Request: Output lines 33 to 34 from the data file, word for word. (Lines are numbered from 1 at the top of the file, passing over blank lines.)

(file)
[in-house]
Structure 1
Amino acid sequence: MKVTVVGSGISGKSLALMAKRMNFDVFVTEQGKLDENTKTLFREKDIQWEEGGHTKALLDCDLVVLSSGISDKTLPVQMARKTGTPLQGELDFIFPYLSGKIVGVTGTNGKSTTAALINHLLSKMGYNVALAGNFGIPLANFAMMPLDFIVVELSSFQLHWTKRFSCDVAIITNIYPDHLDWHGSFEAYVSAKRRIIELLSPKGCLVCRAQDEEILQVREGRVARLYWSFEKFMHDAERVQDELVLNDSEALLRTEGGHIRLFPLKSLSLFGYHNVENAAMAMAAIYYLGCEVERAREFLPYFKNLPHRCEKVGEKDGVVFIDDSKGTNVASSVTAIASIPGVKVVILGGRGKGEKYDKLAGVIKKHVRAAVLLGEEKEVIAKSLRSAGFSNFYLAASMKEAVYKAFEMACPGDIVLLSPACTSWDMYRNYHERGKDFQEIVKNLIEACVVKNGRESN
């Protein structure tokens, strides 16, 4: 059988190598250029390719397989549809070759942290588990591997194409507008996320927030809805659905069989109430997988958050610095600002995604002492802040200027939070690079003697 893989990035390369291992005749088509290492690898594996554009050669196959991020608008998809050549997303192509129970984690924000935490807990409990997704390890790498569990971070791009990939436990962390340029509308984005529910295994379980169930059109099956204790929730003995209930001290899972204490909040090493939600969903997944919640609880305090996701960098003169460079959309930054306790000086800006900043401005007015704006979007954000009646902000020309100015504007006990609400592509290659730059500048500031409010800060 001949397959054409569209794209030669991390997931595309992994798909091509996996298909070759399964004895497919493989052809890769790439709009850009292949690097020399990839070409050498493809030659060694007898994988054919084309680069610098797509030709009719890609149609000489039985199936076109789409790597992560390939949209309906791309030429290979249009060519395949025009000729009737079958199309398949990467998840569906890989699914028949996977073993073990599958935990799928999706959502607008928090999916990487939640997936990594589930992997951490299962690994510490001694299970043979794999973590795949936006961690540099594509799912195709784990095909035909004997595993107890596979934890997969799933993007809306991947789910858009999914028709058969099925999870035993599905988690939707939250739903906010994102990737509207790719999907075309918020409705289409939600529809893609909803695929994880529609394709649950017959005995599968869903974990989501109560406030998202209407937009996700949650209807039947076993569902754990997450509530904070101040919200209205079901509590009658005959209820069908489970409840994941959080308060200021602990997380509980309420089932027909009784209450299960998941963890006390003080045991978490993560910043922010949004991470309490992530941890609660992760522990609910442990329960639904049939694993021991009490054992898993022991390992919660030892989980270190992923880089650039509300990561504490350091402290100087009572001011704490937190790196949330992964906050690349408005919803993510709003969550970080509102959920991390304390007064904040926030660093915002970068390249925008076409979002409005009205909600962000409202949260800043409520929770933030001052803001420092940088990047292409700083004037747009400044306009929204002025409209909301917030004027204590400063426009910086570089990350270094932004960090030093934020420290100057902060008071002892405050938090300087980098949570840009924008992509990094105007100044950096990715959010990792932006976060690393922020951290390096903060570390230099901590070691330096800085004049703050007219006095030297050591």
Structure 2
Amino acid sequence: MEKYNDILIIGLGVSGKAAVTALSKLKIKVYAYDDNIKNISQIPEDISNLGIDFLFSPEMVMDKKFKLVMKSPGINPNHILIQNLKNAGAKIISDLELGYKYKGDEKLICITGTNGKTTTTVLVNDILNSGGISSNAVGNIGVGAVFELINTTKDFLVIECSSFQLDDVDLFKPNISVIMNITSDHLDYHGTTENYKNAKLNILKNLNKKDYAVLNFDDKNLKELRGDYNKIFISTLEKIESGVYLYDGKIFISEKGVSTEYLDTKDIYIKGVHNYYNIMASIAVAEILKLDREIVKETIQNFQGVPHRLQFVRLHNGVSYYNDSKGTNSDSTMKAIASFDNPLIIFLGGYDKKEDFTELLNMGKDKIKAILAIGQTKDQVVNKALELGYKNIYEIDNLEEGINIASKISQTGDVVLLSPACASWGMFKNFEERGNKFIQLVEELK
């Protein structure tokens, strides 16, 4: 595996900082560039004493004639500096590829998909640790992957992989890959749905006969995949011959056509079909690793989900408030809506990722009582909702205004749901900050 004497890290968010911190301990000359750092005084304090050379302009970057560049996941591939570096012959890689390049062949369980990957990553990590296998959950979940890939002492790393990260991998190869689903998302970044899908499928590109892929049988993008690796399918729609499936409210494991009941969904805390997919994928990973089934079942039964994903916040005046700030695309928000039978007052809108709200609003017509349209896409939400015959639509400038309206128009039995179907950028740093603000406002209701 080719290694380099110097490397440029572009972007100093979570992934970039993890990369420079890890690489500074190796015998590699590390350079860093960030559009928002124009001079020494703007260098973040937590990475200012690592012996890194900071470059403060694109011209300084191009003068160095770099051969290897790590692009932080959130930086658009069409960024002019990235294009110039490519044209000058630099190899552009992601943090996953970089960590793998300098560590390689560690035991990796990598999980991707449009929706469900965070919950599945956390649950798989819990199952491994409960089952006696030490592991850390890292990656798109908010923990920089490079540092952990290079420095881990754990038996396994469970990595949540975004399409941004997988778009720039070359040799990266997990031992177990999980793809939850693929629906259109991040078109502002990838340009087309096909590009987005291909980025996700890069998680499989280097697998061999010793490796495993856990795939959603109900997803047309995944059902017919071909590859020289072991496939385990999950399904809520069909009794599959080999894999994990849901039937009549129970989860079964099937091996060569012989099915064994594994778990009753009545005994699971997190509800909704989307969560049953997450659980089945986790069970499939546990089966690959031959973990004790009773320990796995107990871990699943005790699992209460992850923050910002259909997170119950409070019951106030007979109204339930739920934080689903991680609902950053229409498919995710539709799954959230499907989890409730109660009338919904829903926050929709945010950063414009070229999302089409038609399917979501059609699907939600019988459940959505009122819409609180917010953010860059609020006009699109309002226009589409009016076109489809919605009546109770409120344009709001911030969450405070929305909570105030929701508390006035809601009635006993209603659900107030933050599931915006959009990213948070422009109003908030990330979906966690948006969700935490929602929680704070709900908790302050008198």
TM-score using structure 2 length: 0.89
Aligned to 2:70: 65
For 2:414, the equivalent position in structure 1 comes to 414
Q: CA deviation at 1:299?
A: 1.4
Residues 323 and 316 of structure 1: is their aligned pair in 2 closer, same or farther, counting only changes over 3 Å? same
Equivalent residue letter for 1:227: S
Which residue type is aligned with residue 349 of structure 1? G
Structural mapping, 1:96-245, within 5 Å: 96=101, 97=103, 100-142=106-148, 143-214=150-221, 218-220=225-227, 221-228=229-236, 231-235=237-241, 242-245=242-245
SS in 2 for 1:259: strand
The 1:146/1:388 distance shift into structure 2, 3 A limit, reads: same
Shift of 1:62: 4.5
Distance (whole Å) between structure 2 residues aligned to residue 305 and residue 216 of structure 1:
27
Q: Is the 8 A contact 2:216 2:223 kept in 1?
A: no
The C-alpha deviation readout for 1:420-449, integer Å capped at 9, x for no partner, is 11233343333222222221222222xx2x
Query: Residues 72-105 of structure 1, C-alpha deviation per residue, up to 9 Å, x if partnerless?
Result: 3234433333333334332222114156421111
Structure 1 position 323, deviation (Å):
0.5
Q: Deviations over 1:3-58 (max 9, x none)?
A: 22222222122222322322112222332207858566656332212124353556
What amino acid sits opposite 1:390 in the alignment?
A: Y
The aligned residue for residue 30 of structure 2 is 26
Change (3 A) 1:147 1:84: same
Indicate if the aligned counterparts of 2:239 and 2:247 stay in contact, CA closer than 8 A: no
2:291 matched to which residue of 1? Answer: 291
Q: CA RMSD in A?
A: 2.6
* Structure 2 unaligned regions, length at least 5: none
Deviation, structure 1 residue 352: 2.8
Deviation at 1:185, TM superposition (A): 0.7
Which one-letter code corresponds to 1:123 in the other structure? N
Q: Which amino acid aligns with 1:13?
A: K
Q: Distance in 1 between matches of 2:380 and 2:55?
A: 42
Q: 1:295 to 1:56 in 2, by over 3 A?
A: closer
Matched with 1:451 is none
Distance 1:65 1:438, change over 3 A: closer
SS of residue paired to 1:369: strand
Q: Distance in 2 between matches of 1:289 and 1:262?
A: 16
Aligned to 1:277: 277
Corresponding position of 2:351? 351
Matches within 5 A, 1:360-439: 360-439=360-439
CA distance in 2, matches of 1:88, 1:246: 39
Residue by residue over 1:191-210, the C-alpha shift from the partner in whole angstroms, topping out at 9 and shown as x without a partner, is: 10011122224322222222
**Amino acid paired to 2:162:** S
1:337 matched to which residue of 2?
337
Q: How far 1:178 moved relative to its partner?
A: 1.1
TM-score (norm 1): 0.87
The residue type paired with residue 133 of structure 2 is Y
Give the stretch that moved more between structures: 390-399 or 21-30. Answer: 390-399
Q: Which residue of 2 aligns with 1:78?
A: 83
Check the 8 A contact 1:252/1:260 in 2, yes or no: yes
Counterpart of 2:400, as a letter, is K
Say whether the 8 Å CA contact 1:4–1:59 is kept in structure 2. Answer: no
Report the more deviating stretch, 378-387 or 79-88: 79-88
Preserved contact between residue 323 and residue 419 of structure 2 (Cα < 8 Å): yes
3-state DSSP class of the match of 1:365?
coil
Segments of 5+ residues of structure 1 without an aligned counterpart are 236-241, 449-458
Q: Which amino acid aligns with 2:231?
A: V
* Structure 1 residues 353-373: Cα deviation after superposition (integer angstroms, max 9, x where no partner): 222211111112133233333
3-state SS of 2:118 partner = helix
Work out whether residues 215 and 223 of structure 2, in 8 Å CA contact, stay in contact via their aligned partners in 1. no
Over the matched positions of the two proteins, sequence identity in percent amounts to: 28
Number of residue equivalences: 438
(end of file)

The aligned residue for residue 30 of structure 2 is 26
Change (3 A) 1:147 1:84: same